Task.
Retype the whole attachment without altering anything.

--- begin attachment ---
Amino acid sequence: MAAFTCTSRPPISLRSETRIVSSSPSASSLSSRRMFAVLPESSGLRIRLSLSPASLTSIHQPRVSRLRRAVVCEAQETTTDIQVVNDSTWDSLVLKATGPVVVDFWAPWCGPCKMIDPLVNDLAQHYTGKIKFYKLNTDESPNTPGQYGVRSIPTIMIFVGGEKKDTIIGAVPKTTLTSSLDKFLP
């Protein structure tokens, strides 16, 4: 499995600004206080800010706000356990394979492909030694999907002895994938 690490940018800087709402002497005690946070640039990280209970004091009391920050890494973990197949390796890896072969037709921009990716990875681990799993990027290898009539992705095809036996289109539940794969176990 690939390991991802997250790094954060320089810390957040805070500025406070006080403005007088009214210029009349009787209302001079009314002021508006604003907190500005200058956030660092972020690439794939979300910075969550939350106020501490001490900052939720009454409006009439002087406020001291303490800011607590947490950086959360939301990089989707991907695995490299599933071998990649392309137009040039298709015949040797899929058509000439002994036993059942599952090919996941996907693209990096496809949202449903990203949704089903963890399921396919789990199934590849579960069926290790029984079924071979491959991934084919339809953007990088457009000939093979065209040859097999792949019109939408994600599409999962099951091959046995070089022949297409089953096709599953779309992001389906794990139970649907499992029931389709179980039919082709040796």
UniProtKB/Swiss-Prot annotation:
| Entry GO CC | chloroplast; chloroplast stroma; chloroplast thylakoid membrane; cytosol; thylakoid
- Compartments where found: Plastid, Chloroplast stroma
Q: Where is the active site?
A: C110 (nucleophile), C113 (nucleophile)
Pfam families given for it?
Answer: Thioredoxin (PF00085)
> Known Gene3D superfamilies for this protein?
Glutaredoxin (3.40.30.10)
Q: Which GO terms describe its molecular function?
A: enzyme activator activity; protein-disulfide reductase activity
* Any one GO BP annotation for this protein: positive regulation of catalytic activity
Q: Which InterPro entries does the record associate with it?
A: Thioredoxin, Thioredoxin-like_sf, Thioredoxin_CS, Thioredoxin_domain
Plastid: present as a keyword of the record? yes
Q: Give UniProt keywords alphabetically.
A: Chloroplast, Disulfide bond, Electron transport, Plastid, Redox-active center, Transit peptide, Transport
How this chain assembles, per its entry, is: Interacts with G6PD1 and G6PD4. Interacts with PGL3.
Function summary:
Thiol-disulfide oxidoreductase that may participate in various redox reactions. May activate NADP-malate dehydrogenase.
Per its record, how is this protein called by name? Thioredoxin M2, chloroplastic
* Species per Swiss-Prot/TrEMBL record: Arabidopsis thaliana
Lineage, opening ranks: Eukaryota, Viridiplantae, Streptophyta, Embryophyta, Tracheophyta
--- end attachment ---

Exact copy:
Amino acid sequence: MAAFTCTSRPPISLRSETRIVSSSPSASSLSSRRMFAVLPESSGLRIRLSLSPASLTSIHQPRVSRLRRAVVCEAQETTTDIQVVNDSTWDSLVLKATGPVVVDFWAPWCGPCKMIDPLVNDLAQHYTGKIKFYKLNTDESPNTPGQYGVRSIPTIMIFVGGEKKDTIIGAVPKTTLTSSLDKFLP
């Protein structure tokens, strides 16, 4: 499995600004206080800010706000356990394979492909030694999907002895994938 690490940018800087709402002497005690946070640039990280209970004091009391920050890494973990197949390796890896072969037709921009990716990875681990799993990027290898009539992705095809036996289109539940794969176990 690939390991991802997250790094954060320089810390957040805070500025406070006080403005007088009214210029009349009787209302001079009314002021508006604003907190500005200058956030660092972020690439794939979300910075969550939350106020501490001490900052939720009454409006009439002087406020001291303490800011607590947490950086959360939301990089989707991907695995490299599933071998990649392309137009040039298709015949040797899929058509000439002994036993059942599952090919996941996907693209990096496809949202449903990203949704089903963890399921396919789990199934590849579960069926290790029984079924071979491959991934084919339809953007990088457009000939093979065209040859097999792949019109939408994600599409999962099951091959046995070089022949297409089953096709599953779309992001389906794990139970649907499992029931389709179980039919082709040796």
UniProtKB/Swiss-Prot annotation:
| Entry GO CC | chloroplast; chloroplast stroma; chloroplast thylakoid membrane; cytosol; thylakoid
- Compartments where found: Plastid, Chloroplast stroma
Q: Where is the active site?
A: C110 (nucleophile), C113 (nucleophile)
Pfam families given for it?
Answer: Thioredoxin (PF00085)
> Known Gene3D superfamilies for this protein?
Glutaredoxin (3.40.30.10)
Q: Which GO terms describe its molecular function?
A: enzyme activator activity; protein-disulfide reductase activity
* Any one GO BP annotation for this protein: positive regulation of catalytic activity
Q: Which InterPro entries does the record associate with it?
A: Thioredoxin, Thioredoxin-like_sf, Thioredoxin_CS, Thioredoxin_domain
Plastid: present as a keyword of the record? yes
Q: Give UniProt keywords alphabetically.
A: Chloroplast, Disulfide bond, Electron transport, Plastid, Redox-active center, Transit peptide, Transport
How this chain assembles, per its entry, is: Interacts with G6PD1 and G6PD4. Interacts with PGL3.
Function summary:
Thiol-disulfide oxidoreductase that may participate in various redox reactions. May activate NADP-malate dehydrogenase.
Per its record, how is this protein called by name? Thioredoxin M2, chloroplastic
* Species per Swiss-Prot/TrEMBL record: Arabidopsis thaliana
Lineage, opening ranks: Eukaryota, Viridiplantae, Streptophyta, Embryophyta, Tracheophyta